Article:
In any case, Blackboard probably provided other tools they could use within the domain as well. For example they could probably trigger some sort of user-to-user private messaging and send the token in the body.
Turned out, there was an admin account (u/p: admin/admin or something equally trivial to guess) with superuser access that someone learned.
I was in an accounting class (using excel) and I tended to finish the earliest with our in-class work because of judicious use of formulas and copy-paste (instead of entering data twice for the two-ledger stuff).
The computers were set to disallow running unapproved programs, but I figured out that you could launch an executable from within a zip file (the computers ran XP IIRC). The only thing left to do was to configure the game at home (before zipping it up) to save files, look for other config, etc. from the the drive letter the thumbdrive would be mounted at at school because it of course couldn't save the updated settings to the zip file.
I had a good teacher - he let me sit at the back, and I just kept the volume down :)
I wasn't able to figure out how to change my grades (and I would like to think that I wouldn't have even if I could have), but I did find a directory of all their registered software that I was able to download, and the teachers' profile pages were editable. If I recall, I think I edited the profile of one teacher (that I was reasonably certain wouldn't get me in trouble if I got caught) to end with "Mr. <Teacher's Name> is a goofball".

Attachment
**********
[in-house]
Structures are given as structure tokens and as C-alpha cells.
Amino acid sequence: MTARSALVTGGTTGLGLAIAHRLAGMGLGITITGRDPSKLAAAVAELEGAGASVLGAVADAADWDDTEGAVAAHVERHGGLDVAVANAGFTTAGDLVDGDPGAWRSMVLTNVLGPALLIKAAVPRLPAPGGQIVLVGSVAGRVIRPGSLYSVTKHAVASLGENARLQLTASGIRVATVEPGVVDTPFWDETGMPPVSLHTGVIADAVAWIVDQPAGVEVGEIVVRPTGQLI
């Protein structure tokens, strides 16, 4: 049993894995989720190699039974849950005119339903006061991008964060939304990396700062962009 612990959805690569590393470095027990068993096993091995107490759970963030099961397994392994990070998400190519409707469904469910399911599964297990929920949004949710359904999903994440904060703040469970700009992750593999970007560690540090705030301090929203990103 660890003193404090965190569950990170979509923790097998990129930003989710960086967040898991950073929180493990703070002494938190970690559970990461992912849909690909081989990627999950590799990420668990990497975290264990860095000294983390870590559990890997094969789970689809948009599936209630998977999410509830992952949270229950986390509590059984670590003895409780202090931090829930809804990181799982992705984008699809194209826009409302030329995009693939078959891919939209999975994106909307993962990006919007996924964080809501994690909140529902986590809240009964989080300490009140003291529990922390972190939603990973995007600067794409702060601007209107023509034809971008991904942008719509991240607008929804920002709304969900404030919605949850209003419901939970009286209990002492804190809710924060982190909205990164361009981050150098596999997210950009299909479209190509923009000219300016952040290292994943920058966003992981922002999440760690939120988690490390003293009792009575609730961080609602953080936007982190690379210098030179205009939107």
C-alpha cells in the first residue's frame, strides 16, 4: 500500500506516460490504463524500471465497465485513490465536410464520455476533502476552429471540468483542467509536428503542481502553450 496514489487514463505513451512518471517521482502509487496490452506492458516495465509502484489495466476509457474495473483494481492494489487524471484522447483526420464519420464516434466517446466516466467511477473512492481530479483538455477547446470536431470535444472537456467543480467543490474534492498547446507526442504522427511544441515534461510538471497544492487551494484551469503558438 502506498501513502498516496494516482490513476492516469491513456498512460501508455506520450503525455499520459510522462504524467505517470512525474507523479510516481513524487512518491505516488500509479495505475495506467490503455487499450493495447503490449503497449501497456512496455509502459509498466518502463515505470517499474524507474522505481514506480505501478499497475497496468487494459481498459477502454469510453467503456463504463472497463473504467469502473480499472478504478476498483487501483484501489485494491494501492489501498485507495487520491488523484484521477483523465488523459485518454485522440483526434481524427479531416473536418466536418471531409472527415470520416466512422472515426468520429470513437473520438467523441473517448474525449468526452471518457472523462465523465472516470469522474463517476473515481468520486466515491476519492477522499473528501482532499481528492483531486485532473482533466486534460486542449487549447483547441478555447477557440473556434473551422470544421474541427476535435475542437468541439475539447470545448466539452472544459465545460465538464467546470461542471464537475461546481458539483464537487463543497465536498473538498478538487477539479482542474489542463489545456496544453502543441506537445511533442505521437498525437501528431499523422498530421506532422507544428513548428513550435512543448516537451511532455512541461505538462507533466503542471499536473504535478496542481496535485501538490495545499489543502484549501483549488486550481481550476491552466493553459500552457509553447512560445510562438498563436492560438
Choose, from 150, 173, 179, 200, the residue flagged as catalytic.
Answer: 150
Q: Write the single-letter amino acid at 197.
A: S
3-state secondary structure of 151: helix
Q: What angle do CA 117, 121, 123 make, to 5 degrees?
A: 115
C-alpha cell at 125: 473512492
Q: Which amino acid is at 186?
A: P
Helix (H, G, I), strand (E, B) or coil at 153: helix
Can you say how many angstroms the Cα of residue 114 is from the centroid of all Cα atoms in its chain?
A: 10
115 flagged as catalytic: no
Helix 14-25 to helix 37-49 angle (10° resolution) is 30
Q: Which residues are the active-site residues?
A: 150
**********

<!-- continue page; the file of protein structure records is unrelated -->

Assuming it isn't ignored, you can smile to yourself years later at the thought that there is a bug report open somewhere that a poor engineer has probably spent weeks trying to reproduce.
But in the real life they could save a draft and view it a student to see if they can hijack the session.
Another perhaps lesson - if security really matters - perhaps instructors and students should have completely different decoupled apps to do the job. (security through obscurity)
This is a pretty meaningless sentiment. There are plenty of things one can study that will lead to more ignorance and less well-roundedness. In the extreme, this is pretty much how cults can operate.
I believe it also applies to a number of subjects in mainstream universities, but I am not going to hop into that fire pit.
It's a university.. there are a broad array of departments and courses, and I am saying that a handful of them at a multitude of universities have the potential to close minds and lead to more ignorance - this broad statement isn't too controversial - witnessed by the very vocal debate about it. I am not going to jump into the pit of the specifics of that debate though.